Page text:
Delhi: Third Ring Road

Delhi Development Authority’s Urban Extension Road-II, touted as Delhi’s third ring road, will make travelling from the northern end of the capital to Indira Gandhi International Airport and other southern areas a breeze. After a decade-long delay, the project is set to finally take off.

DDA handed over the project to National Highways Authority of India as it was felt the latter was better equipped to handle work of this scale. While DDA officials are tight-lipped about the UER-II, sources said that a proposal has been prepared to tide over the fund requirement of Rs.7,715.6 crore, with Rs.4,000 crore being the viability gap funding required for work completion.

The project, envisaged to ease congestion on the arterial roads of Delhi, has been delayed for almost a decade for various reasons, stuck, for instance, over the issue of funding for three years now. While it was earlier decided that DDA would hand over 125 acres along the road to NHAI, which the latter could monetise to generate funding, sources said that 350 acres could now be used for the purpose now, though a final decision is pending.

The nearly 80-km road will start from NH-1 near Narela, cross NH-10 through Rohini and Dwarka, touch IGIA and NH-8 near Rajokri and end at NH-2 near Badarpur. While a 49-km section between NH-1 and NH-8 and Nelson Mandela Marg will be completed in Phase I, Urban Extension Road will be extended 11 km to Badarpur in Phase II.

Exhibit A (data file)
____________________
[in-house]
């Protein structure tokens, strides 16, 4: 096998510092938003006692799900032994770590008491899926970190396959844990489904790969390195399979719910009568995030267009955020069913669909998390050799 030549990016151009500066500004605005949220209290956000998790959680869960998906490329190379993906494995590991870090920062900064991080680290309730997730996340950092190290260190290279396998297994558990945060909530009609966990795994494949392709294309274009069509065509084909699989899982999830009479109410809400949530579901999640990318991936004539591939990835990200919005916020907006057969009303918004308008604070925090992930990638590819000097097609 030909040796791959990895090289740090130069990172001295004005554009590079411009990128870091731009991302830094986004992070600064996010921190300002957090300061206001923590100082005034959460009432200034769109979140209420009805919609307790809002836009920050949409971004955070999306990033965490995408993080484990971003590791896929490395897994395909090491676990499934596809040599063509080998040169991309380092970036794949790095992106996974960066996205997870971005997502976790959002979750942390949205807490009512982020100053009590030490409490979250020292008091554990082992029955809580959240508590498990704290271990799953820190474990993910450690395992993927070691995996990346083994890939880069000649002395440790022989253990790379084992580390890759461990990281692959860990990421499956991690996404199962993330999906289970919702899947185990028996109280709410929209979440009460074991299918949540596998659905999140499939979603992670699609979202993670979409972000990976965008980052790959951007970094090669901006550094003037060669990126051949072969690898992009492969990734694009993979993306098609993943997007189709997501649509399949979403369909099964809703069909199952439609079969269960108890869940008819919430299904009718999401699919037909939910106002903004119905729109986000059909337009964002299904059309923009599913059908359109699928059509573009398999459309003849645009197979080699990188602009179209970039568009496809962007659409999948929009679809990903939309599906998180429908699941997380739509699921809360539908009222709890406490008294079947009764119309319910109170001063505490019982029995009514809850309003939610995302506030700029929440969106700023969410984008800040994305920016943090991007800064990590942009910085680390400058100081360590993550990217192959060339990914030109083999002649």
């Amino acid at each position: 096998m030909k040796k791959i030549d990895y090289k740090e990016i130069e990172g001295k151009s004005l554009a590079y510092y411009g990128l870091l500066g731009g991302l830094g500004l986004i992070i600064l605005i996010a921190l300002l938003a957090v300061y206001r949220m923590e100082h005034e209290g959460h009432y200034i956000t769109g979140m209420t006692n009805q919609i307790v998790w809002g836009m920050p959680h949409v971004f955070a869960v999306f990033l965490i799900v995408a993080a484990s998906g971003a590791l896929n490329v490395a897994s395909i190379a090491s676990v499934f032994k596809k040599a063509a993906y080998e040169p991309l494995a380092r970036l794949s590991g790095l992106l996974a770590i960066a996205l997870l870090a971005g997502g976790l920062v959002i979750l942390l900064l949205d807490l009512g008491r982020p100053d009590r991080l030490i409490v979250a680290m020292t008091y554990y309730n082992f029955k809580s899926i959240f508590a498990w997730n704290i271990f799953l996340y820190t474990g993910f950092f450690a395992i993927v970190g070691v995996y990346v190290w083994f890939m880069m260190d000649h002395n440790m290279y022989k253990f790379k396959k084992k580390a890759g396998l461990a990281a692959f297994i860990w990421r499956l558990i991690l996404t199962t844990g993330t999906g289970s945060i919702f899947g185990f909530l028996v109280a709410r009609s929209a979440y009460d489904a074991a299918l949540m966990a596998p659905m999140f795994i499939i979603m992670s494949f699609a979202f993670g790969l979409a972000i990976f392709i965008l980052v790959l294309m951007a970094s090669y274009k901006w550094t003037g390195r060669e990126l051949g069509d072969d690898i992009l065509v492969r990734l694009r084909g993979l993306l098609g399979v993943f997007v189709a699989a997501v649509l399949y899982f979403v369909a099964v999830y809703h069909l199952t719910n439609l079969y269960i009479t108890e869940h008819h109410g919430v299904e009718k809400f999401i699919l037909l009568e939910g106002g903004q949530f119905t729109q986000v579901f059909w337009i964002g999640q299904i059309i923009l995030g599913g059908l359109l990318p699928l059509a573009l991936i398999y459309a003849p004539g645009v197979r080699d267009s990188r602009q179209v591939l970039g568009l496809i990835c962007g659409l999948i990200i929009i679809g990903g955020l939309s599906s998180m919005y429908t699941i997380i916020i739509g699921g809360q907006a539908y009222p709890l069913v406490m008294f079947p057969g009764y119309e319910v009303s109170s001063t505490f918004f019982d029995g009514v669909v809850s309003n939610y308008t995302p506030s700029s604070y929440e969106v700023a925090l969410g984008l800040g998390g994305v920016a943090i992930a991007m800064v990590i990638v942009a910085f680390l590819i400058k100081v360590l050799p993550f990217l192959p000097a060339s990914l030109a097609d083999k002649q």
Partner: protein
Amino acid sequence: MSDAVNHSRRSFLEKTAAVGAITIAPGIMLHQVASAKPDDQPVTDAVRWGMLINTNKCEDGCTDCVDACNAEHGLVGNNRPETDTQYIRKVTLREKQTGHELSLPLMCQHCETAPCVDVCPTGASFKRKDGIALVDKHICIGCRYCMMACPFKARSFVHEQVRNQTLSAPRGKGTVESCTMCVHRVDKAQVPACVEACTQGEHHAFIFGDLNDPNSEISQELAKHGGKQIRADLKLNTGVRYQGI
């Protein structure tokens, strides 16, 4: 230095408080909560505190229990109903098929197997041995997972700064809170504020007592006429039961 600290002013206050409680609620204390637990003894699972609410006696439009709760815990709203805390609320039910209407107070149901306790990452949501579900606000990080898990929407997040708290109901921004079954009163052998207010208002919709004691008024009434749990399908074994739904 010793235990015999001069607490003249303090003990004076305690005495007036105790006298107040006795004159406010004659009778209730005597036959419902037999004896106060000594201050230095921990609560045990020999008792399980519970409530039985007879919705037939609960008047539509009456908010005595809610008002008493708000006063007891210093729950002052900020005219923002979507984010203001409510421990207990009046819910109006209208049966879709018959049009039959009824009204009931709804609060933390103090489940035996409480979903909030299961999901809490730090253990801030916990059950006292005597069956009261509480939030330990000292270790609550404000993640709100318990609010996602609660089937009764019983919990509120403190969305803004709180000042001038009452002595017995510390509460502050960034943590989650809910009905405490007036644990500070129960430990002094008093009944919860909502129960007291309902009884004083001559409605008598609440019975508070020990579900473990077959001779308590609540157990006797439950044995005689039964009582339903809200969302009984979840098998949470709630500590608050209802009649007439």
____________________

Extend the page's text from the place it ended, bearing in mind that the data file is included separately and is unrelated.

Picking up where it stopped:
UER-II is part of the roads extension proposed in Master Plan for Delhi 2021. Land acquisition, particularly in areas like Mundka, Najafgarh, Dichaon Kalan, Kanjhawala, was a major problem. The other problem was large-scale encroachment on land through which the road was to pass. DDA managed to clear most of these encroachments and that is a reason the authority is keen that work should start quickly to prevent re-encroachments.

Sources said NHAI wanted DDA to fund the project, but DDA felt that NHAI should instead put up toll barriers on the new road to recover the project cost. A source said that NHAI believed that if it collected toll for road usage, the project would be unviable. It was then suggested to NHAI that some land instead could be given to it to monetise. The land-owning agency followed this model when it gave Delhi Metro Rail Corporation land for commercial exploitation to fund the projects.

DDA believes the land provided to NHAI along the road will rise in value once the road comes up and the highway body could then be able to monetise the land. It was decided by 2019-end that 125 acres of land would be handed over to NHAI, but the plan couldn’t fructify. Sources said that there were plans to transfer 350 acres of land later, but a final decision on opting for this model or choosing another funding model was yet to be taken.

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